The Client calls on the traversal process using an instance of the OjbectStructure. The attach() method now has two parameters; a shape and a color. The shape is passed as a shape element generated by the foreach loop, creating a new shape with each iteration while adding the same color visitor to all shapes. Once everything has been stored in the ObjectStructure, a second loop calls the getElements() methods, which returns shapes with the appropriate color visitor.

The ObjectStructure

The ObjectStructure class is small but mighty. The Gang of Four note,

A client that uses the Visitor pattern must create a ConcreteVisitor object and then traverse the object structure, visiting each element with the visitor.

Several choices are available to transverse the elements from the client through the object structure, but as seen, the humble (yet mighty) foreach loop handles the job elegantly and efficiently. The OjbectStructure provides the methods the client uses for traversal.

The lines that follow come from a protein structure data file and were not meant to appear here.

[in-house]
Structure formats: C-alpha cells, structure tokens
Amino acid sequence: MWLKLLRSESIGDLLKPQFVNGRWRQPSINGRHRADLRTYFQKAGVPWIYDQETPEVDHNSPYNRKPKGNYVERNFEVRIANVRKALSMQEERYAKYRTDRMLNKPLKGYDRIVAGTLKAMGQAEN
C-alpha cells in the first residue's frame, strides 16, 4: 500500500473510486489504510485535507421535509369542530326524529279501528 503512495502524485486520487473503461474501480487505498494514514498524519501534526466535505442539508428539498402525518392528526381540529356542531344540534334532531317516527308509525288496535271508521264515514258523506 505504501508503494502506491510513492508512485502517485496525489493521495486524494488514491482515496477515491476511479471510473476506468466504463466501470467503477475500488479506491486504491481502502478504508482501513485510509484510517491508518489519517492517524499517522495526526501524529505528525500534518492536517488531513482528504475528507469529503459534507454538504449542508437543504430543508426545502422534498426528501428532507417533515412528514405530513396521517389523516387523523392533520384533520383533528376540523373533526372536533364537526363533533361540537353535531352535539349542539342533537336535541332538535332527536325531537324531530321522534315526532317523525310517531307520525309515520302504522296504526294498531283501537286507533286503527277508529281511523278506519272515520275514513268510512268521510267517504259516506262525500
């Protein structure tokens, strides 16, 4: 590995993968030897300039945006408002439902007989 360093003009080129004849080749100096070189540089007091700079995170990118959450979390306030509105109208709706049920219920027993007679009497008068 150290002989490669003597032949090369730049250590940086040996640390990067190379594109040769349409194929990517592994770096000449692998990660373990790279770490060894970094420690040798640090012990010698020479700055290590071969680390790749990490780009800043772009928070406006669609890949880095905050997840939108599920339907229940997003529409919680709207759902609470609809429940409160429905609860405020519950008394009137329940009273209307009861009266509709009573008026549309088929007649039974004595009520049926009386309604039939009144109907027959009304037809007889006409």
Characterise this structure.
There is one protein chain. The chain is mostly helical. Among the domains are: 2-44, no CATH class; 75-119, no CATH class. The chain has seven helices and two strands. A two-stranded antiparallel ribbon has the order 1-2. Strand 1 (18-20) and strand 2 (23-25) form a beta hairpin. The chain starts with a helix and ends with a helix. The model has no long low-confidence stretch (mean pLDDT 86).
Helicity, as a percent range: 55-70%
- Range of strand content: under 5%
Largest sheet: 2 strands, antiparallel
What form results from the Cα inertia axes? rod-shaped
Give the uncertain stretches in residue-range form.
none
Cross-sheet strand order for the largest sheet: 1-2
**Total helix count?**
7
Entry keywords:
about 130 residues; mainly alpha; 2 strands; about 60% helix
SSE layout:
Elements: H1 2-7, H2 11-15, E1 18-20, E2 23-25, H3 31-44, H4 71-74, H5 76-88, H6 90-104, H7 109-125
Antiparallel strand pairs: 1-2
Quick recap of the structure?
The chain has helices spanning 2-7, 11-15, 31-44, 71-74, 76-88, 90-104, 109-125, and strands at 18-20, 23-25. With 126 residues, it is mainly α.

class ObjectStructure
    private $elements=array();
    public function attach(IElement $element,IVisitor $colorVis)
    public function getElements()
        return $this->elements;

In Part II of the Visitor series, the attach() method only served to push the element onto an array, but here the method, now with two instead of one parameter serves double duty. First, each shape accepts (using the IElement::accept() method) the visitor. Second, each shape is added to an array, $elements. In some respects, this acts like a setter operation.

The only other method, getElements() returns the shapes with the accepted color. The client can then display them on the screen.

Minor Adjustments

In order to expand the screen size for multiple objects to be displayed, a few other adjustments were necessary as well. However, very few were required. All of the new settings for each shape, that have been staggered vertically and horizontally, are simple ones, and most were made in the IElement interface. Also, the Zigzag concrete element is removed and a new color visitor, BurntOrange has been added. The following listing shows representatives from each participant and the shape interface.

interface IElement
    const SVG ="<svg width='680' height='680' viewBox='0 0 680 680'>";